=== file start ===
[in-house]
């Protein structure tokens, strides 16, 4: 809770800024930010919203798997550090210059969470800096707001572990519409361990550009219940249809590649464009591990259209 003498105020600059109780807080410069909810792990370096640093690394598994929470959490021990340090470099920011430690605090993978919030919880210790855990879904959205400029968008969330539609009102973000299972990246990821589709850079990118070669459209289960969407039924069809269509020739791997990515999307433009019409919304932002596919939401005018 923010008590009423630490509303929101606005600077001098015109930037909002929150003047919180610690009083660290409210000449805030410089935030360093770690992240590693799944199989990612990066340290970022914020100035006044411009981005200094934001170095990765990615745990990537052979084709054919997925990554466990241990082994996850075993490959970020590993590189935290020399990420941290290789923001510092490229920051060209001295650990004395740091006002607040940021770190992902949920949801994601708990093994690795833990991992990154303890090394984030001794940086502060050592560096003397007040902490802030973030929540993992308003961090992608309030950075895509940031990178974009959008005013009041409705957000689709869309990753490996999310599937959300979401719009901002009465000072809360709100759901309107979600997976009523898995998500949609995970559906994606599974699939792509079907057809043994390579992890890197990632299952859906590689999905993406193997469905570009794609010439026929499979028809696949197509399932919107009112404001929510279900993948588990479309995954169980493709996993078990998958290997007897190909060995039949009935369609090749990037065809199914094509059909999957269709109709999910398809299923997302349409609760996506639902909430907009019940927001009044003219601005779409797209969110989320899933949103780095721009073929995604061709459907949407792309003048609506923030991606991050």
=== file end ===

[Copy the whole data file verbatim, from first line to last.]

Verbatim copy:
[in-house]
């Protein structure tokens, strides 16, 4: 809770800024930010919203798997550090210059969470800096707001572990519409361990550009219940249809590649464009591990259209 003498105020600059109780807080410069909810792990370096640093690394598994929470959490021990340090470099920011430690605090993978919030919880210790855990879904959205400029968008969330539609009102973000299972990246990821589709850079990118070669459209289960969407039924069809269509020739791997990515999307433009019409919304932002596919939401005018 923010008590009423630490509303929101606005600077001098015109930037909002929150003047919180610690009083660290409210000449805030410089935030360093770690992240590693799944199989990612990066340290970022914020100035006044411009981005200094934001170095990765990615745990990537052979084709054919997925990554466990241990082994996850075993490959970020590993590189935290020399990420941290290789923001510092490229920051060209001295650990004395740091006002607040940021770190992902949920949801994601708990093994690795833990991992990154303890090394984030001794940086502060050592560096003397007040902490802030973030929540993992308003961090992608309030950075895509940031990178974009959008005013009041409705957000689709869309990753490996999310599937959300979401719009901002009465000072809360709100759901309107979600997976009523898995998500949609995970559906994606599974699939792509079907057809043994390579992890890197990632299952859906590689999905993406193997469905570009794609010439026929499979028809696949197509399932919107009112404001929510279900993948588990479309995954169980493709996993078990998958290997007897190909060995039949009935369609090749990037065809199914094509059909999957269709109709999910398809299923997302349409609760996506639902909430907009019940927001009044003219601005779409797209969110989320899933949103780095721009073929995604061709459907949407792309003048609506923030991606991050």